Although darunavir shares the risks (e.g., hyperglycemia) experienced with all of the HIV protease inhibitors, it appears unlikely to cause other serious events. In contrast, there have been reports of clinical hepatitis and intracranial hemorrhage with the use of tipranavir, and these risks are the subjects of black box warnings in the labeling for this agent. All of the protease inhibitors interact with many other medications.
Both darunavir and tipranavir are co-administered with ritonavir twice a day with food. Darunavir tablets may be stored at room temperature whereas tipranavir capsules should be stored in a refrigerator prior to opening the bottle.
If the use of darunavir or tipranavir is being considered for the treatment of a patient with HIV infection/AIDS, darunavir is the best choice because of its apparently lower risk of serious adverse events.
Darunavir (Prezista-Tibotec) is the tenth HIV-1 protease inhibitor marketed in the United States, joining amprenavir (Agenerase), fosamprenavir (Lexiva, a prodrug of amprenavir), atazanavir (Reyataz), indinavir (Crixivan), lopinavir/ritonavir (Kaletra), nelfinavir (Viracept), ritonavir (Norvir), saquinavir (Invirase), and tipranavir (Aptivus). Like tipranavir and lopinavir, the new drug must be co-administered with ritonavir, which inhibits its metabolism and markedly increases its concentration and activity (i.e., “ritonavir-boosted” activity).
Both darunavir and tipranavir have demonstrated activity against HIV strains that are resistant to other protease inhibitors. Because these agents, as well as the fusion inhibitor enfuvirtide (Fuzeon), may be of great benefit in patients for whom initial antiretroviral regimens were not effective or resistance developed to their use, they should not be used in regimens for the initial treatment of HIV infection/AIDS. The specific indication for darunavir is essentially the same as that for tipranavir. It is co-administered with ritonavir in a regimen that also includes other antiretroviral agents, for the treatment of HIV infection in antiretroviral treatment-experienced adult patients, such as those with HIV-1 strains resistant to more than one protease inhibitor. The doses of ritonavir administered with each dose of darunavir and tipranavir are 100 mg and 200 mg, respectively.
Darunavir was approved under the provisions of the FDA’s accelerated approval program based on a reduction in HIV-1 RNA (viral load) and an increase in CD4+ cell counts. The new drug was evaluated in patients who had prior treatment with protease inhibitors (PIs), nucleoside reverse transcriptase inhibitors (NRTIs), and nonnucleoside reverse transcriptase inhibitors (NNRTIs), and who met other study parameters. A regimen of darunavir/ritonavir plus an “optimized background regimen (OBR)” of antiretroviral agents was significantly more effective in reducing viral load than comparator regimens containing other PIs plus OBR. Seventy percent of the patients treated with the darunavir regimen achieved a virologic response compared with 21% of those receiving other regimens. Darunavir and tipranavir have not been directly compared in clinical studies.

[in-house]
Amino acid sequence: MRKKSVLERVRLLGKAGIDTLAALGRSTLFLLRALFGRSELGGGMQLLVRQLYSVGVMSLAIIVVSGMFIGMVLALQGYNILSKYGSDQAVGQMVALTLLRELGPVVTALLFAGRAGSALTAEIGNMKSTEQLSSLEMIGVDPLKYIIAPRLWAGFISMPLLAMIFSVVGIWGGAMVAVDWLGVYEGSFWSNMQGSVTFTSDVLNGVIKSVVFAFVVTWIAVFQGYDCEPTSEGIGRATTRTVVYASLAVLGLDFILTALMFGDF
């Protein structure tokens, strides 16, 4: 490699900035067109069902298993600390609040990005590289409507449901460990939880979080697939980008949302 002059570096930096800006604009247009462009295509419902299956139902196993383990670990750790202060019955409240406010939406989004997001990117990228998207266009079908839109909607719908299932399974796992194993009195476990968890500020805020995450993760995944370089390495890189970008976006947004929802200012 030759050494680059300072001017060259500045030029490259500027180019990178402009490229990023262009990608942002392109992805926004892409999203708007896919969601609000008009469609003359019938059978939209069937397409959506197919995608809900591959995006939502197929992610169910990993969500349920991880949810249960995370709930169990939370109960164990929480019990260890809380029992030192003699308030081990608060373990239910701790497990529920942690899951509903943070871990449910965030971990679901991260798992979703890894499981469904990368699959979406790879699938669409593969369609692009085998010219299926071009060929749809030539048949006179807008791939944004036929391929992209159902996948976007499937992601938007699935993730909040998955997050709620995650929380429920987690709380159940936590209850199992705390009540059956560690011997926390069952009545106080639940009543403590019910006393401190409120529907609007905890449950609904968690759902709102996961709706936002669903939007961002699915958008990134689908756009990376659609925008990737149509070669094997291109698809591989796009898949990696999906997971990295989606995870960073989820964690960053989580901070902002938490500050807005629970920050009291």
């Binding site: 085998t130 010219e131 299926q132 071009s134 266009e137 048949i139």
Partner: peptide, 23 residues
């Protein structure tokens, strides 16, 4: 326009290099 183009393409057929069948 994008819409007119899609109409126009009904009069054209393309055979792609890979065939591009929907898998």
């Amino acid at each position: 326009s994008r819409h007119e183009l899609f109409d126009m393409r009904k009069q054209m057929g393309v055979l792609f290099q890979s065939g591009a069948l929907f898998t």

Although cross-resistance has been observed among many of the PIs, clinical isolates that are resistant to the other agents in this class, including tipranavir, are often susceptible to darunavir. There apparently is only limited cross-resistance between darunavir and tipranavir. Of the viruses isolated from patients experiencing virologic failure while being treated with a darunavir/ritonavir regimen, more than 50% were still susceptible to tipranavir while less than 5% were susceptible to the other PIs.
The adverse events experienced most often in the clinical studies with darunavir (and their incidence in the darunavir and comparator regimens, respectively) include diarrhea (20%, 28%), nausea (18%, 13%), and headache (15%, 20%). Seven percent of the patients treated with darunavir developed skin rash, and severe rash, including Stevens-Johnson syndrome, has been reported. Treatment with darunavir should be discontinued if a severe rash develops. The rates of discontinuation of treatment because of adverse events were 9% and 5% in patients receiving the darunavir and comparator regimens, respectively.
Like amprenavir, fosamprenavir, and tipranavir, the structure of darunavir contains a sulfonamide moiety. The potential for cross-sensitivity has not been evaluated, but caution must be exercised in patients who have a history of sulfonamide allergy.